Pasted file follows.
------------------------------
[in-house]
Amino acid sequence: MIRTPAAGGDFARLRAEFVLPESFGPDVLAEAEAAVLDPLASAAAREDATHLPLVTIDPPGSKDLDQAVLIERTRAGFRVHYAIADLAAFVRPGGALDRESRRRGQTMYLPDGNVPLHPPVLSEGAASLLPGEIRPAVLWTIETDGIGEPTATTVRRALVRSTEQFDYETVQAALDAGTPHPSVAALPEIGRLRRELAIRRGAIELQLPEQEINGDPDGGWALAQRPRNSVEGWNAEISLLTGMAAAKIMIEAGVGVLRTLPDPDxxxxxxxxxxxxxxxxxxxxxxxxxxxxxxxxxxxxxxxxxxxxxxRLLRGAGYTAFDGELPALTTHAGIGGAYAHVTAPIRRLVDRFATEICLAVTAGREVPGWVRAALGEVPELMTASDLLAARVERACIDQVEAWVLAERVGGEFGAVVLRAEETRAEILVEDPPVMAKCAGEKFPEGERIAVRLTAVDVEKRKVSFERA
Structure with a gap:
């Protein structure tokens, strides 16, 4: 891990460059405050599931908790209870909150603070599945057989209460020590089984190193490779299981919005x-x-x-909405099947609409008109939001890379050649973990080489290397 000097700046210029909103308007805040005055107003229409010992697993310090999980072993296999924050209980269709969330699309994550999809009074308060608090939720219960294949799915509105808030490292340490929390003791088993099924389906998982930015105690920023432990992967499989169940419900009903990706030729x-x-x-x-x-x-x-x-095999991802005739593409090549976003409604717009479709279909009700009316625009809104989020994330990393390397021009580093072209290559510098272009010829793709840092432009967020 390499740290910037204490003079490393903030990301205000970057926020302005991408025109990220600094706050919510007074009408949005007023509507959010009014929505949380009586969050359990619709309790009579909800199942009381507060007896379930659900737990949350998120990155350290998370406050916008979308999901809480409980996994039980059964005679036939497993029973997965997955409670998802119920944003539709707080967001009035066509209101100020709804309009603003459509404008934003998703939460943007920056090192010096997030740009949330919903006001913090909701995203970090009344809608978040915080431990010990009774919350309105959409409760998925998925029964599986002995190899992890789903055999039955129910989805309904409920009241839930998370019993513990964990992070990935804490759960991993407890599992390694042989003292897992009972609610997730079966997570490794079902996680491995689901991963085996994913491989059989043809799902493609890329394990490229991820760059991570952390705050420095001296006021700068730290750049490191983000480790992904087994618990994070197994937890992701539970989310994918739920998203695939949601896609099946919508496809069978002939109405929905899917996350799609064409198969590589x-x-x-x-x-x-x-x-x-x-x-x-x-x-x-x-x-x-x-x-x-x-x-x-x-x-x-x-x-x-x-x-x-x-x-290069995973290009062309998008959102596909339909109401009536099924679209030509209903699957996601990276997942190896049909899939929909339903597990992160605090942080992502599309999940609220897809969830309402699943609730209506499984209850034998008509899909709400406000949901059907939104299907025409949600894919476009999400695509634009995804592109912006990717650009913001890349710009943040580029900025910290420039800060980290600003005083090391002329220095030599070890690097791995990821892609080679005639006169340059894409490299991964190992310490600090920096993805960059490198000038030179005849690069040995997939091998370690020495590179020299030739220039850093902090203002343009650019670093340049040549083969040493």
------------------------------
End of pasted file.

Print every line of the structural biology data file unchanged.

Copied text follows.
[in-house]
Amino acid sequence: MIRTPAAGGDFARLRAEFVLPESFGPDVLAEAEAAVLDPLASAAAREDATHLPLVTIDPPGSKDLDQAVLIERTRAGFRVHYAIADLAAFVRPGGALDRESRRRGQTMYLPDGNVPLHPPVLSEGAASLLPGEIRPAVLWTIETDGIGEPTATTVRRALVRSTEQFDYETVQAALDAGTPHPSVAALPEIGRLRRELAIRRGAIELQLPEQEINGDPDGGWALAQRPRNSVEGWNAEISLLTGMAAAKIMIEAGVGVLRTLPDPDxxxxxxxxxxxxxxxxxxxxxxxxxxxxxxxxxxxxxxxxxxxxxxRLLRGAGYTAFDGELPALTTHAGIGGAYAHVTAPIRRLVDRFATEICLAVTAGREVPGWVRAALGEVPELMTASDLLAARVERACIDQVEAWVLAERVGGEFGAVVLRAEETRAEILVEDPPVMAKCAGEKFPEGERIAVRLTAVDVEKRKVSFERA
Structure with a gap:
């Protein structure tokens, strides 16, 4: 891990460059405050599931908790209870909150603070599945057989209460020590089984190193490779299981919005x-x-x-909405099947609409008109939001890379050649973990080489290397 000097700046210029909103308007805040005055107003229409010992697993310090999980072993296999924050209980269709969330699309994550999809009074308060608090939720219960294949799915509105808030490292340490929390003791088993099924389906998982930015105690920023432990992967499989169940419900009903990706030729x-x-x-x-x-x-x-x-095999991802005739593409090549976003409604717009479709279909009700009316625009809104989020994330990393390397021009580093072209290559510098272009010829793709840092432009967020 390499740290910037204490003079490393903030990301205000970057926020302005991408025109990220600094706050919510007074009408949005007023509507959010009014929505949380009586969050359990619709309790009579909800199942009381507060007896379930659900737990949350998120990155350290998370406050916008979308999901809480409980996994039980059964005679036939497993029973997965997955409670998802119920944003539709707080967001009035066509209101100020709804309009603003459509404008934003998703939460943007920056090192010096997030740009949330919903006001913090909701995203970090009344809608978040915080431990010990009774919350309105959409409760998925998925029964599986002995190899992890789903055999039955129910989805309904409920009241839930998370019993513990964990992070990935804490759960991993407890599992390694042989003292897992009972609610997730079966997570490794079902996680491995689901991963085996994913491989059989043809799902493609890329394990490229991820760059991570952390705050420095001296006021700068730290750049490191983000480790992904087994618990994070197994937890992701539970989310994918739920998203695939949601896609099946919508496809069978002939109405929905899917996350799609064409198969590589x-x-x-x-x-x-x-x-x-x-x-x-x-x-x-x-x-x-x-x-x-x-x-x-x-x-x-x-x-x-x-x-x-x-x-290069995973290009062309998008959102596909339909109401009536099924679209030509209903699957996601990276997942190896049909899939929909339903597990992160605090942080992502599309999940609220897809969830309402699943609730209506499984209850034998008509899909709400406000949901059907939104299907025409949600894919476009999400695509634009995804592109912006990717650009913001890349710009943040580029900025910290420039800060980290600003005083090391002329220095030599070890690097791995990821892609080679005639006169340059894409490299991964190992310490600090920096993805960059490198000038030179005849690069040995997939091998370690020495590179020299030739220039850093902090203002343009650019670093340049040549083969040493």